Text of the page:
Toy maker Hasbro (NASDAQ:HAS) reported third-quarter 2018 results before the market open on Monday. Revenue dropped 12% year over year, GAAP earnings per share dipped 1.4%, and EPS adjusted for one-time factors fell 7.7%. 

As in the previous two quarters, the loss of revenue stemming from the bankruptcy and subsequent liquidation of Toys R Us in the U.S. and other geographic markets drove the declines. A "rapidly evolving retail landscape" in international markets, particularly Europe, and excess inventory in Europe going into the quarter were also, once again, main reasons for the revenue decline.

Additionally, domestically, the company was unable to meet all the demand in the quarter due to it working with a greater variety of retailers that have "differentiated shipping requirements," Hasbro CEO Brian Goldner said on the earnings call.

Hasbro stock closed down 3.1% on Monday, which we can attribute to both revenue and earnings coming in lower than what most investors were expecting.

Hasbro's logo in center surrounded by various characters from its brands, including Play-Doh, Monopoly, Nerf, and more.

Image source: Hasbro.

Hasbro's key quarterly numbers


Q3 2018 Result

Q3 2017 Result

Year-Over-Year Change


$1.57 billion

$1.79 billion


Net income

$263.9 million

$265.6 million


Adjusted net income

$246.5 million

$265.6 million


GAAP earnings per share (EPS)




Adjusted EPS




Data source: Hasbro. GAAP = generally accepted accounting principles.

In addition to the main loss drivers previously noted, foreign exchange had a negative impact of $32.0 million, or 2%, on revenue. 

To provide some context for the tumble in revenue, sales to Toys R Us accounted for about 9% of Hasbro's revenue in 2017, according to fellow Fool Tim Green.

Earnings got a boost from a lower tax rate due to U.S. tax reform. The adjusted net income and EPS results strip this benefit out.

For context -- though long-term investors shouldn't place too much weight on Wall Street's near-term estimates -- analysts were expecting adjusted EPS of $2.23 on revenue of $1.71 billion. So Hasbro fell short of both expectations.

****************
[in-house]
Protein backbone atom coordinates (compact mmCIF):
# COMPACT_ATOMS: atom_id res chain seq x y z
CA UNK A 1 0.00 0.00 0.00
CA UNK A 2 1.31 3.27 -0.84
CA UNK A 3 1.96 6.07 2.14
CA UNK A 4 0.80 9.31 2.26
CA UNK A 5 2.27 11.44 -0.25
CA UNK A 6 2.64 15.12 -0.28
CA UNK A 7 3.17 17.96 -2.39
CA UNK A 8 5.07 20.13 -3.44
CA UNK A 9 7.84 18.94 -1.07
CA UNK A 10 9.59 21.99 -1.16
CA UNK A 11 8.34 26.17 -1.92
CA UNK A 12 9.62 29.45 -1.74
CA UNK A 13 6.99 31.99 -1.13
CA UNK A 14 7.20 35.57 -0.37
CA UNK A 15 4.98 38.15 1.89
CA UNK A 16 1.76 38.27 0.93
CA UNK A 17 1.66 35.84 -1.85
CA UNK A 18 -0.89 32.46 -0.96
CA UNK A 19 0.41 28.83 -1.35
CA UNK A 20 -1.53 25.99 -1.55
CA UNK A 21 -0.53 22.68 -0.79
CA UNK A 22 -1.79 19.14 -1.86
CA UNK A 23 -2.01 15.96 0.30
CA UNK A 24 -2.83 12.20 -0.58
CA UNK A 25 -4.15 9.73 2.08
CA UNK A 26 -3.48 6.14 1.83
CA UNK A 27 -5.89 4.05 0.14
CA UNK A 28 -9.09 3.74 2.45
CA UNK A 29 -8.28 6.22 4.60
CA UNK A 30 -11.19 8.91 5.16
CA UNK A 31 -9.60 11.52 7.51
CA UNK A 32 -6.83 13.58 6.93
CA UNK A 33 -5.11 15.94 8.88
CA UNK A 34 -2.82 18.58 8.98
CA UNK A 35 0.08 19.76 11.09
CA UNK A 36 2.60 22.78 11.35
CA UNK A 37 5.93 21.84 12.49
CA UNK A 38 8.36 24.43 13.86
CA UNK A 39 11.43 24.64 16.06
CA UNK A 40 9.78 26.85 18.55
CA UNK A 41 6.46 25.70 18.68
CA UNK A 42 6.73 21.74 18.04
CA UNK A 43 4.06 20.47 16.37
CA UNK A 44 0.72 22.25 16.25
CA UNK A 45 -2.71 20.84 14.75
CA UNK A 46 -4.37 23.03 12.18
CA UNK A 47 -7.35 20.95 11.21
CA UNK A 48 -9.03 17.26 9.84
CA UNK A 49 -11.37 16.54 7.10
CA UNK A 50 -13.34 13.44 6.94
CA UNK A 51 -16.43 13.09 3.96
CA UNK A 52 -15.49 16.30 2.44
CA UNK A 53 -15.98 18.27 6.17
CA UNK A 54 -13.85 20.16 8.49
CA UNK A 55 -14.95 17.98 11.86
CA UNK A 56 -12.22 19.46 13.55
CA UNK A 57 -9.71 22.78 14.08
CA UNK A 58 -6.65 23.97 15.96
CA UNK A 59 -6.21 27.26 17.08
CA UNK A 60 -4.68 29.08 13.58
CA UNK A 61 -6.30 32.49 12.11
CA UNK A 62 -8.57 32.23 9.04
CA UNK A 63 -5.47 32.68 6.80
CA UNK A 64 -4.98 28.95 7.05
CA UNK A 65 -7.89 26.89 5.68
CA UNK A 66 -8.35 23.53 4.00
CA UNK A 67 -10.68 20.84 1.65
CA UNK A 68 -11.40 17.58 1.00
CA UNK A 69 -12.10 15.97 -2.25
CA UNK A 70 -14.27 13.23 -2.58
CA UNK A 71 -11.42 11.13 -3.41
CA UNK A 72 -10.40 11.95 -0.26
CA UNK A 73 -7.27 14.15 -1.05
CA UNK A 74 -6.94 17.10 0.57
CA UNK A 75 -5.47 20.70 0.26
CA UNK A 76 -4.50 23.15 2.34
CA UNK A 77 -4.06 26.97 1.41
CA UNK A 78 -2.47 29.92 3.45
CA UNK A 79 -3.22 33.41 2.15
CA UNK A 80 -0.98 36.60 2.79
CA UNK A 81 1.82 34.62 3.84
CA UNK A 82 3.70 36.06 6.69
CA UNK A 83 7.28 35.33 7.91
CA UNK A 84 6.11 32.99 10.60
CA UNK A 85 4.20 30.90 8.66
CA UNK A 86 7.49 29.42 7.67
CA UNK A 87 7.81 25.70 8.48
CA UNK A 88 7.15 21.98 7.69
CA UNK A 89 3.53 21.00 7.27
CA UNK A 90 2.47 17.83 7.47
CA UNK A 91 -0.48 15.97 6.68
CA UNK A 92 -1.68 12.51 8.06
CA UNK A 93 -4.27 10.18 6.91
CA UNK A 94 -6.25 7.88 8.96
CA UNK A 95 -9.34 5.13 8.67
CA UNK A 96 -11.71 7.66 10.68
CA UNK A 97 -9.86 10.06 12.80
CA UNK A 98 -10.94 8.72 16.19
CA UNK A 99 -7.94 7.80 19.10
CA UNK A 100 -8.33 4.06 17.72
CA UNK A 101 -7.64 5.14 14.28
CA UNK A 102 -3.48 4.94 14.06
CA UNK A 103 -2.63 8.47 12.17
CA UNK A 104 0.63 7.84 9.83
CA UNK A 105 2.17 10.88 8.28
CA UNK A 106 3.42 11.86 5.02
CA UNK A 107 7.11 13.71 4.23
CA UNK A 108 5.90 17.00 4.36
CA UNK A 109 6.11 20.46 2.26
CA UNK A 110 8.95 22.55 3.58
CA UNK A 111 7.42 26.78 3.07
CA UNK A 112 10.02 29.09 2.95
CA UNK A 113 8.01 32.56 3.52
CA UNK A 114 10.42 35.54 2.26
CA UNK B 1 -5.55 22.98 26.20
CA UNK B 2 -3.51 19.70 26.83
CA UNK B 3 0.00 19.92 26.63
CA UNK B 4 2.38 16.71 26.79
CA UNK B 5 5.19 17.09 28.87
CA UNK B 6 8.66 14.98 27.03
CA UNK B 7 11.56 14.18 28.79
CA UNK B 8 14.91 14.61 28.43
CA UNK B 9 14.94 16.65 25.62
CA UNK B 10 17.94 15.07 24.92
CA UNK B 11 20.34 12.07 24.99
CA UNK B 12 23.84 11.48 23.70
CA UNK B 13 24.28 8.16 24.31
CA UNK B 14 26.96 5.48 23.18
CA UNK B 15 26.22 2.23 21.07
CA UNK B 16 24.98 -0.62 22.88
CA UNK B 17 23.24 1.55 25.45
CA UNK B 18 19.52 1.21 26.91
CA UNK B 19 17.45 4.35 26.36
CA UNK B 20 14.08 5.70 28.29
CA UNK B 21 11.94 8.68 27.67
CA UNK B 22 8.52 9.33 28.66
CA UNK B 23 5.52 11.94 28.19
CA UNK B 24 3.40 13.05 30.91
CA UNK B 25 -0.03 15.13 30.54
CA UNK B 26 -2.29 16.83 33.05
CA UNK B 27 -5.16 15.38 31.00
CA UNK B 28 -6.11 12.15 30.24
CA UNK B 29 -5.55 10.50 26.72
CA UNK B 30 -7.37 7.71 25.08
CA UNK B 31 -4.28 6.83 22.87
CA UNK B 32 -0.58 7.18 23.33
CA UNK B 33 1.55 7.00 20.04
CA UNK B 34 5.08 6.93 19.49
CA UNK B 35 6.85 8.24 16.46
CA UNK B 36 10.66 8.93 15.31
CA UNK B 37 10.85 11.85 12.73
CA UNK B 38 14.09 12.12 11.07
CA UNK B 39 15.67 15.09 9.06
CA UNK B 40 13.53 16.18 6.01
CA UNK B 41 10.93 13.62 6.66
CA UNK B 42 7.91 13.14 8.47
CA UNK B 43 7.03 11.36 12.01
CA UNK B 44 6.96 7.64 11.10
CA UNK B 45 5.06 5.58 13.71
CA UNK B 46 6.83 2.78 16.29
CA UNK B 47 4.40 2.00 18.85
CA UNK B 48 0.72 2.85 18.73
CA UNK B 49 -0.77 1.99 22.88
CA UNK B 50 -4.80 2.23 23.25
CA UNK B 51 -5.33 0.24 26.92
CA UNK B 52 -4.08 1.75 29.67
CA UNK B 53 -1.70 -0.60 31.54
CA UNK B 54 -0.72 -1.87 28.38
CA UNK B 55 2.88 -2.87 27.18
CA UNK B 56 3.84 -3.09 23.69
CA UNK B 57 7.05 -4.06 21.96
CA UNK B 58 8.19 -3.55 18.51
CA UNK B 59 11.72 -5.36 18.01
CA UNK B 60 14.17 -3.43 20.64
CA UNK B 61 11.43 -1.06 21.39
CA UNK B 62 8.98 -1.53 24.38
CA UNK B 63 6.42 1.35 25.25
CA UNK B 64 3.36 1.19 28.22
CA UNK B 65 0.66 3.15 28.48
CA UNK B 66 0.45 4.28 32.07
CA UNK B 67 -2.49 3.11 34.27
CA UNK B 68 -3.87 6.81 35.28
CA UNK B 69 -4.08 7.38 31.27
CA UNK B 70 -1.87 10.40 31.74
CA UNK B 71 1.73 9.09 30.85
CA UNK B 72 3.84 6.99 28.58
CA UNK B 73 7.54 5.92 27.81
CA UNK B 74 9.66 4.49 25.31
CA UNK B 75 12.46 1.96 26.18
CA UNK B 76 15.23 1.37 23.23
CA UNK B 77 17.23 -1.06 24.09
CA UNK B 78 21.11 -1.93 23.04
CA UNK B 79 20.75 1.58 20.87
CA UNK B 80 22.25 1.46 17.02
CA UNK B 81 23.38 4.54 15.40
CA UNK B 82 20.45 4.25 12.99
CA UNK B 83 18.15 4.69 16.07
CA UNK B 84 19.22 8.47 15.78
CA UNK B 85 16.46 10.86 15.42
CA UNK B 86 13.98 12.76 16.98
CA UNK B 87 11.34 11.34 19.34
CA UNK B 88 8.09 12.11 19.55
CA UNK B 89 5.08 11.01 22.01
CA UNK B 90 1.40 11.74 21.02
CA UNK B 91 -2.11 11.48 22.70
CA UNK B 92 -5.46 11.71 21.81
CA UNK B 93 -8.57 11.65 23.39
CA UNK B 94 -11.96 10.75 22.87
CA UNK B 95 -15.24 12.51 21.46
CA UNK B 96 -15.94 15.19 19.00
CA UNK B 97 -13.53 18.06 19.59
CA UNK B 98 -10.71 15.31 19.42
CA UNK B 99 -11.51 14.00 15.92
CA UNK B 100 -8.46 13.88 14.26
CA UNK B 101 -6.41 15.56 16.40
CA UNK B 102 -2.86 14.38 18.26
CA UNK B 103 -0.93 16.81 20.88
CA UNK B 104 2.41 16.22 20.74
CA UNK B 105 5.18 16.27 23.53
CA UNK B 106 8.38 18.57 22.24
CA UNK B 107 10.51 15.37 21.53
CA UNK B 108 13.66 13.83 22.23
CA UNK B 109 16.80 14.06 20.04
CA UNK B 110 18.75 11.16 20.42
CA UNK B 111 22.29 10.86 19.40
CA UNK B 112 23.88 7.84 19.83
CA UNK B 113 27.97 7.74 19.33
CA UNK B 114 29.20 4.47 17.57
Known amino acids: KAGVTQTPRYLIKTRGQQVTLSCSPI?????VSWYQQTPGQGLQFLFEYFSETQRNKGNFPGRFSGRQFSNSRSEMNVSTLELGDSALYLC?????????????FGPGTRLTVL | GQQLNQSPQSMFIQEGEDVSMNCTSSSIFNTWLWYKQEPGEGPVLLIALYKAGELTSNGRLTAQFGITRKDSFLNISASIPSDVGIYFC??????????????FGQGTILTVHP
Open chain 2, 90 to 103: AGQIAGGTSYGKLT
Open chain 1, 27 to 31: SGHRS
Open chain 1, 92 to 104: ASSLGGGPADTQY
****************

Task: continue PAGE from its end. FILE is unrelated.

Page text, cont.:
What happened with Hasbro in the quarter?

  • Revenue from franchise brands declined 5% from the year-ago period to $847.7 million. Growth in Monopoly, Play-Doh, Magic: The Gathering, and Baby Alive wasn't enough to offset declines in Nerf, My Little Pony, and Transformers. The latter two brands had tough year-over-year comparables stemming from movie releases in 2017.
  • The story wasn't entirely negative for franchise brands, as revenue for these key internal brands grew slightly in the U.S. and Canada segment and was up in the entertainment and licensing segment. The culprit for the overall decline was international.
  • Revenue from partner brands dropped 37% to $305.8 million. The decline was across all three segments. As with last quarter, declines in most brands were greater than the gains made by Beyblade and Disney's Marvel. 
  • Hasbro gaming revenue was approximately flat at $280.8 million.
  • Emerging brands revenue edged up 2% to $135.3 million.
  • U.S. and Canada segment revenue went down 7% year over year to $924.2 million, international segment revenue dropped 24% to $560.7 million, and entertainment and licensing revenue jumped 45% to $84.8 million.

What management had to say

Here's what Goldner had to say in the press release:

The global Hasbro team is effectively managing our business forward through a very disruptive year. The lost Toys"R"Us revenues are impacting many markets around the world, notably the U.S., Europe, Australia and Asia. The volume of product liquidated in the second quarter had a near-term impact on the third quarter sell through and shipments. We are successfully managing retail inventory and it is down significantly in the U.S. and in Europe, where we are aggressively working to clear excess inventory by year end. A growing array of retailers are now ramping new programs to take share this holiday season and we are well positioned to meet their demand.

Looking ahead

The quarter was another challenging one for Hasbro, primarily due to the continued fallout from the Toys R Us bankruptcy and the rapidly changing retail environment internationally, particularly in Europe. On a positive note, the company recaptured about one-third of the U.S. and Canada segment's loss Toys R Us revenue in the quarter, Goldner said on the call.

Goldner did, however, walk back last his statement on last quarter's call that the company anticipated that "by 2019 we should have moved beyond Toys R Us." He said on this quarter's call that "I'm not going to comment specifically on making up Toys R US [revenue] but as I said, we're very committed to 2019 being a year of growth." 

Hasbro doesn't provide guidance, though the company did say in the earnings release that it's "undertaking organizational steps to ensure it has the right talent and capabilities to profitably grow going forward." It said these moves are expected to result in "pre-tax cash restructuring charges relating to severance and other employee costs of approximately $50 million to $60 million that will be expensed in the fourth quarter of 2018." The company projects that these steps will generate about $30 million to $40 million in annual pre-tax savings by 2020.

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